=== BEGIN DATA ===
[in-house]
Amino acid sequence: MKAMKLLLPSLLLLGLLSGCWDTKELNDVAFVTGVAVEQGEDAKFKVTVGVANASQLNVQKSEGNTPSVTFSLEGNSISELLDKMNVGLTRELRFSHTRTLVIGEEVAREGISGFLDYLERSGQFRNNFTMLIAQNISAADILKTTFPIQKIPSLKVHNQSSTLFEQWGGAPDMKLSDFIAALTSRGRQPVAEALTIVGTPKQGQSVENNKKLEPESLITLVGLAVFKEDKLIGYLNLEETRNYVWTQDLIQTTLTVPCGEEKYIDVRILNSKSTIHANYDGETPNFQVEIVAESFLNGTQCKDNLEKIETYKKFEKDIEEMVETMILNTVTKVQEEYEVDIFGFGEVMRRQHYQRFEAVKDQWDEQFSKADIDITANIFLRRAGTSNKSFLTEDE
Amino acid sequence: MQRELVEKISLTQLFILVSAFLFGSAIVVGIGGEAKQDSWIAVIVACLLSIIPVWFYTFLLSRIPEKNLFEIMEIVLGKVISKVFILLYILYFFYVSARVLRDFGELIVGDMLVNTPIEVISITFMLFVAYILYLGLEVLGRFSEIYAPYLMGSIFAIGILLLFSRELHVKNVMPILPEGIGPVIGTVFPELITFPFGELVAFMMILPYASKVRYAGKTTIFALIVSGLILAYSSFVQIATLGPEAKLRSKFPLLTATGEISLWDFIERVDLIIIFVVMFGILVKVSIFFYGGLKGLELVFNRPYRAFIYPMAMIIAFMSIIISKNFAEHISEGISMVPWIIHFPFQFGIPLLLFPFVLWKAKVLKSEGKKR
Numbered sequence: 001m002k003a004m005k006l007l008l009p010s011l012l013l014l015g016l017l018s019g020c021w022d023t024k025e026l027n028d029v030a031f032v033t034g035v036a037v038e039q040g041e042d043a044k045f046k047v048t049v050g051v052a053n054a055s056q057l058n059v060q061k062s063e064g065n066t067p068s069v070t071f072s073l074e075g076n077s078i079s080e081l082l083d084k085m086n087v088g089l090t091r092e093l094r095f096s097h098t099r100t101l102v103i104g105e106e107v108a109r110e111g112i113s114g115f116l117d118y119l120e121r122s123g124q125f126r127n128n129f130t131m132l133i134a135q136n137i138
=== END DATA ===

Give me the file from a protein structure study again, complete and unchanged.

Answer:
[in-house]
Amino acid sequence: MKAMKLLLPSLLLLGLLSGCWDTKELNDVAFVTGVAVEQGEDAKFKVTVGVANASQLNVQKSEGNTPSVTFSLEGNSISELLDKMNVGLTRELRFSHTRTLVIGEEVAREGISGFLDYLERSGQFRNNFTMLIAQNISAADILKTTFPIQKIPSLKVHNQSSTLFEQWGGAPDMKLSDFIAALTSRGRQPVAEALTIVGTPKQGQSVENNKKLEPESLITLVGLAVFKEDKLIGYLNLEETRNYVWTQDLIQTTLTVPCGEEKYIDVRILNSKSTIHANYDGETPNFQVEIVAESFLNGTQCKDNLEKIETYKKFEKDIEEMVETMILNTVTKVQEEYEVDIFGFGEVMRRQHYQRFEAVKDQWDEQFSKADIDITANIFLRRAGTSNKSFLTEDE
Amino acid sequence: MQRELVEKISLTQLFILVSAFLFGSAIVVGIGGEAKQDSWIAVIVACLLSIIPVWFYTFLLSRIPEKNLFEIMEIVLGKVISKVFILLYILYFFYVSARVLRDFGELIVGDMLVNTPIEVISITFMLFVAYILYLGLEVLGRFSEIYAPYLMGSIFAIGILLLFSRELHVKNVMPILPEGIGPVIGTVFPELITFPFGELVAFMMILPYASKVRYAGKTTIFALIVSGLILAYSSFVQIATLGPEAKLRSKFPLLTATGEISLWDFIERVDLIIIFVVMFGILVKVSIFFYGGLKGLELVFNRPYRAFIYPMAMIIAFMSIIISKNFAEHISEGISMVPWIIHFPFQFGIPLLLFPFVLWKAKVLKSEGKKR
Numbered sequence: 001m002k003a004m005k006l007l008l009p010s011l012l013l014l015g016l017l018s019g020c021w022d023t024k025e026l027n028d029v030a031f032v033t034g035v036a037v038e039q040g041e042d043a044k045f046k047v048t049v050g051v052a053n054a055s056q057l058n059v060q061k062s063e064g065n066t067p068s069v070t071f072s073l074e075g076n077s078i079s080e081l082l083d084k085m086n087v088g089l090t091r092e093l094r095f096s097h098t099r100t101l102v103i104g105e106e107v108a109r110e111g112i113s114g115f116l117d118y119l120e121r122s123g124q125f126r127n128n129f130t131m132l133i134a135q136n137i138